Countless parents in East St. Louis say they are relying on minimal resources while struggling to gain internet access to help their children participate in remote learning at area schools during the coronavirus pandemic.
East St. Louis is a largely Black community where nearly 40% of residents live below the federal poverty line, according to the U.S. Census Bureau.
Melissa Lawson, a single mother of three who lives there while juggling multiple jobs, told the Belleville News-Democrat that she already had to make adjustments to get by before the pandemic after being severely injured in a car accident. She said some of the cutbacks included canceling internet service.
“Sometimes, we would go to a McDonald’s parking lot and use their Wi-Fi, and even with that, you only get so much with the hotspot,” Lawson noted. “Then you run into the problem of what if my laptop or my iPad dies. And I don’t have a nice car, so it doesn’t have the plug-ins to charge your phone and things like that.”
Two of Lawson's children attend Sister Thea Bowman Catholic School, which provided hotspots to students after stay-at-home orders went into effect last spring.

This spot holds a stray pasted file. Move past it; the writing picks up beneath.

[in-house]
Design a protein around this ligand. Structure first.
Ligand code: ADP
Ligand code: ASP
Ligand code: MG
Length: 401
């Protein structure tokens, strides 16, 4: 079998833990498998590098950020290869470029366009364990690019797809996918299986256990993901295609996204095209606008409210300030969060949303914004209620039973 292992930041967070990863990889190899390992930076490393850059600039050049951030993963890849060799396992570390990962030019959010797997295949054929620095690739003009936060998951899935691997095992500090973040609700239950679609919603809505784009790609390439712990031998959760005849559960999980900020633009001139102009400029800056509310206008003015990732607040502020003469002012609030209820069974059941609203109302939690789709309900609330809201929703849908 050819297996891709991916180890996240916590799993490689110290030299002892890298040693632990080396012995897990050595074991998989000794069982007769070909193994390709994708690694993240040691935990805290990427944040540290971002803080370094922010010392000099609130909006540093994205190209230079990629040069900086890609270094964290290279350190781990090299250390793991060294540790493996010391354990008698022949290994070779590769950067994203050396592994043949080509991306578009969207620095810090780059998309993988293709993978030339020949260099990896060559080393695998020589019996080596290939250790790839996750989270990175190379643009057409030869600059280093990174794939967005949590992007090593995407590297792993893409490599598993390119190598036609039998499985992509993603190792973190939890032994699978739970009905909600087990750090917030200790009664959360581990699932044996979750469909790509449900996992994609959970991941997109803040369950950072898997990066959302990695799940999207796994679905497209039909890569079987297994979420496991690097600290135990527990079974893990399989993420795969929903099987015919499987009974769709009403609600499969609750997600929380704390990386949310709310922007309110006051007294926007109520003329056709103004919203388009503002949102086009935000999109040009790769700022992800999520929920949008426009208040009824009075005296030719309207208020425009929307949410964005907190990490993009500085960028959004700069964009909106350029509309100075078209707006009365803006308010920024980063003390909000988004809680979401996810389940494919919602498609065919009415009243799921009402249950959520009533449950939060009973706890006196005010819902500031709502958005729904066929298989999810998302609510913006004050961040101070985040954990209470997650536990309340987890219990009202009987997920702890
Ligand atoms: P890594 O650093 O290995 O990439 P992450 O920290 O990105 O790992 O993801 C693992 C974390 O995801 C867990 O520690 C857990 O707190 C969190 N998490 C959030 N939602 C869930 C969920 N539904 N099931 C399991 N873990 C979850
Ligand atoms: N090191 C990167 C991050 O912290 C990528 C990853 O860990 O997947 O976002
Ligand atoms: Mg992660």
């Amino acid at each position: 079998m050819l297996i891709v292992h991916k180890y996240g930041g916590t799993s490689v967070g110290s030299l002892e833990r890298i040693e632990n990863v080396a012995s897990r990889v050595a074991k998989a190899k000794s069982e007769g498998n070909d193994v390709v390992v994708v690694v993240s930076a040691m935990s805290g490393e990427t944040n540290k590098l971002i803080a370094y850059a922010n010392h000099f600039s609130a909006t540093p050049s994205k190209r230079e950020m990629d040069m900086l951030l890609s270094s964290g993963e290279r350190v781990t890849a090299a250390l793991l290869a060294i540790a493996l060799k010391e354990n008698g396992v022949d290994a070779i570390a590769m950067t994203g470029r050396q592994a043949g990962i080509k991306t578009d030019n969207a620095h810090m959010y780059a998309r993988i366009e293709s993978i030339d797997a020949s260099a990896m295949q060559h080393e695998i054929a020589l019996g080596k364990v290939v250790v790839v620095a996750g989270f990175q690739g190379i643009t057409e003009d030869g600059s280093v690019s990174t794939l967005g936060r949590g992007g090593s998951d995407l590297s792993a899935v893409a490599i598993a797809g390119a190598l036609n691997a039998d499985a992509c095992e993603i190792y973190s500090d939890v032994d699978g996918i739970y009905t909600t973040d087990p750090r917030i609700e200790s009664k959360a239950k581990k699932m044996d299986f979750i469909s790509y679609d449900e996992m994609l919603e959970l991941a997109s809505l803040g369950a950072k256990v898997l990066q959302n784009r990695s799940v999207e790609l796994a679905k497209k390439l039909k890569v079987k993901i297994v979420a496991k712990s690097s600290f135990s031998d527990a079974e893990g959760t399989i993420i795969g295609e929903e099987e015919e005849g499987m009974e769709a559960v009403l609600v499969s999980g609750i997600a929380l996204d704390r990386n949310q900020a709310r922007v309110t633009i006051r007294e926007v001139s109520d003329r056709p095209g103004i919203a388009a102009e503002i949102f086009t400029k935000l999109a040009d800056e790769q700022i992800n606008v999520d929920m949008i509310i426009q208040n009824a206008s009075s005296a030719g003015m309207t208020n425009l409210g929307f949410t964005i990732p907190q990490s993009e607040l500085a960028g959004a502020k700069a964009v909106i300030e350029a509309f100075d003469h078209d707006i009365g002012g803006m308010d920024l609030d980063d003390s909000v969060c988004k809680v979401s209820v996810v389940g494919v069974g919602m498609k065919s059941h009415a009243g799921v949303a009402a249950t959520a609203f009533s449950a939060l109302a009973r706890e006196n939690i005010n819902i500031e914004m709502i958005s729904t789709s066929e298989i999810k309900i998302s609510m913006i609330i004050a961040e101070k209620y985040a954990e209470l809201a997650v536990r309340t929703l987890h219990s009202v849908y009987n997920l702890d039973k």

“We found a lot of the students did not have adequate internet access,” said Dan Nickerson, the school’s principal for the past five years, who noted that around 35% of the roughly 100 families in his school had internet access challenges.
East St. Louis and neighboring Washington Park have 200 or less residential fixed internet connections per 1,000 households, the lowest rate in St. Clair County, according to an analysis of Federal Communications Commission data that was updated in 2019 based on census tracts. Primarily white and more upscale communities such as Belleville and O’Fallon have at least 800 residential internet connections per 1,000 households, the figures show.
East St. Louis School District 189 has allotted roughly 2,000 hotspots from AT&T across its 10 schools based on campus enrollment. Students received a Chromebook and can use district-issued Wi-Fi sticks for personal computers.
Tiffany Gholson, director of parent and student support services for the district, said the dearth of internet access can overwhelm households, particularly those coping with poverty, violence, homelessness or substance abuse.
“For both families and students, the challenges of remote learning intensify the trauma they may already be facing due to the COVID pandemic,” Gholson added. “These compounding conditions can create or exacerbate anxiety, insomnia, suicidal ideation, or depression.”